Film Scanner

  Spr 13:26 06 Nov 03
Locked

I am thinking of buying a Scanner to copy my Film slides onto my PC, I have two I?m toying with.
1) Has 38400 dpi high resolution with 2800dpi optical film scanning resolution.
2) 1800 dpi optical resolution, Detailed 4.2 million pixel images.
What is the difference between & which would be the best buy for the best results

  Filch 16:59 06 Nov 03

I assume you a speaking of flat bed scanners. If so, forget it. Go for a film scanner such as Minolta's Scan Dual II or III. There are several available, I mention Minolta as that's what I use and am familiar with it. Go the various web sites, Canon, Minolta, &c, and see what they have to offer.

  pj123 17:39 06 Nov 03

If it is for 35mm only you can't do better than the one I have. Primefilm 1800 get it from Jessops at ?130. click here

  Smiler 17:40 06 Nov 03

I used to have a dedicated scanner but because it was a parallel device it was slow and would not let me use anything else while scanning so I bought an Epson 3200 flatbed scanner with a built in transparency light. It's USB 2 or Firewire. Capable of 3200 X 6400 resolution and upto 12800 dpi with software. I also cosidered the Canon 9900F. Have a look here click here

Scroll down to the interactive review and see a comparison and totla review of both by Vincent Oliver who is a proffessional photographer. Even he was impressed by the scanning capabilities of both scanners. Giving 9 out of 10 for the Epson and 8 out of 10 for the Canon.

There is also an Epson 3170 which is a cut down version of the 3200.

  imarcus2 18:18 06 Nov 03

Like Spr, I have a lot of filmbased fotos that I like in both colour neg and slide format.

I started with an HPFotosmart S20 scanned both pretty well at 2,400 ppi, and the output [suitably processed in PhotoShop] could produce A4 prints from 20MB file sizes = ~7MP. Mechanicals let it down after 3 years.

Then took the Smiler route, and bought an Epson 2450 -- optical scanning at 2,400 ppi + halfstep semi-optical scanning to reach 3,200ppi. Well, yes, the scanner works, but it's very slow, even on USB2, taking some 400 seconds for a 2,400 ppi scan of a colour negative. I also find that high contrast sunny subjects produce reasonable images, but less contrasty ones need serious handfulls of PhotoShop contrast and unsharpmask to print out at A4. Not sure why this should be so, perhaps a function of flatbed, but not convinced. Am not satisfied with the out put quality before printing [I use an Epson 870 printer, and I am happy with that!].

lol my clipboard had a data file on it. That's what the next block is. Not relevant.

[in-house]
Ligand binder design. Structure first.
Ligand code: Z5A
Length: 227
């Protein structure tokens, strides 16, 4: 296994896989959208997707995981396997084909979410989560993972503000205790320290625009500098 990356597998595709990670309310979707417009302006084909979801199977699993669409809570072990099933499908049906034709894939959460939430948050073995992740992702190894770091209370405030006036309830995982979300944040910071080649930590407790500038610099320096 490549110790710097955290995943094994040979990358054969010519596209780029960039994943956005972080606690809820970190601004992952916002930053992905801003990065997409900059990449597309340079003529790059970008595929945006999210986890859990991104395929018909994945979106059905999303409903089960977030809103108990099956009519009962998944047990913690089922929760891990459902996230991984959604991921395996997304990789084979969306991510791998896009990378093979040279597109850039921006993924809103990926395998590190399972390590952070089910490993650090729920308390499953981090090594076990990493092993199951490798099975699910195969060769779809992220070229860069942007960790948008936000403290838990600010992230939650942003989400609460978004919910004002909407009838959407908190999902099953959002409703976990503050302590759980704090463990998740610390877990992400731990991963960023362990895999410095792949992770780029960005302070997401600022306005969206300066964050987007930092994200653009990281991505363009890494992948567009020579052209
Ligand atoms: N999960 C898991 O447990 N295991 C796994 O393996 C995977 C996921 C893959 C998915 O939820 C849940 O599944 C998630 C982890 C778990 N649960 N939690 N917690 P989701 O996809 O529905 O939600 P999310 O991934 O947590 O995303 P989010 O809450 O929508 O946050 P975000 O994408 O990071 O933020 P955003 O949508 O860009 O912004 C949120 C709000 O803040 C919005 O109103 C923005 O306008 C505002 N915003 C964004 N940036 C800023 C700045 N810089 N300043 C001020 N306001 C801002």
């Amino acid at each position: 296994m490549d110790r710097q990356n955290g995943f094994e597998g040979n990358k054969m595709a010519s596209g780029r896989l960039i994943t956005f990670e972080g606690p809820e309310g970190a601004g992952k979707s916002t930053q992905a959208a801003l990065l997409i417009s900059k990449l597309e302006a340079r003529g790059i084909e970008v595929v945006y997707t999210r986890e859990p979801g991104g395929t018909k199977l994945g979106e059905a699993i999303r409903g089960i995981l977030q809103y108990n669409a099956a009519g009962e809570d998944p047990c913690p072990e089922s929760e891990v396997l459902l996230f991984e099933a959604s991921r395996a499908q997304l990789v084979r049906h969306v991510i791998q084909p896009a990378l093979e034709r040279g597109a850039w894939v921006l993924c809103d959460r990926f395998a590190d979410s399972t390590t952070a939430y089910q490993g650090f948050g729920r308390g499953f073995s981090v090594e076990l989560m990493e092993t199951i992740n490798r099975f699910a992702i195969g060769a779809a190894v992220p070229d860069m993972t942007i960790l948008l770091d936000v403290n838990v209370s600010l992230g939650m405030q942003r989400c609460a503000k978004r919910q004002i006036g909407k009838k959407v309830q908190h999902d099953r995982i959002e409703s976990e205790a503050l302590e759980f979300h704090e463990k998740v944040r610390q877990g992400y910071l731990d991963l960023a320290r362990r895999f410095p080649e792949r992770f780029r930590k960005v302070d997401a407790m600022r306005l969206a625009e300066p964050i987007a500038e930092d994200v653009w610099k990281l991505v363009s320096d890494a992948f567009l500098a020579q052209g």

So I have now bought a second hand Minolta Dimage Scan Dual III. Slide/colour negs, only 35mm size [APS adapter extra.] Cracking scans in under 30 secs, 2,820 ppi = 31MB file size, shade over 10MP. Much more useable scans than the Epson -- trouble is, all the film imperfections are shown up too! Quality of out put easily A4 even with plenty of cropping. Could probably get to A3 with the aid of NeatImage corrections to recover the film imperfections.

My major film camera is [but hardly used now] a Nikon 401s.

As far as prints etc. go, the best of the film scans are approximately as good as my first DI camera [Minolta S304 at 3.2MP], and fall well short of my current Minolta 7i at 5MP. DI camera outputs require almost no processing!

This thread is now locked and can not be replied to.

What is Amazon Go and will it come to the UK? The store without checkouts or queues

1995-2015: How technology has changed the world in 20 years

Why ecommerce hasn't taken off on social media

Super Mario Run preview | Hands-on first impressions of Super Mario Run: Mario's iPhone & iPad…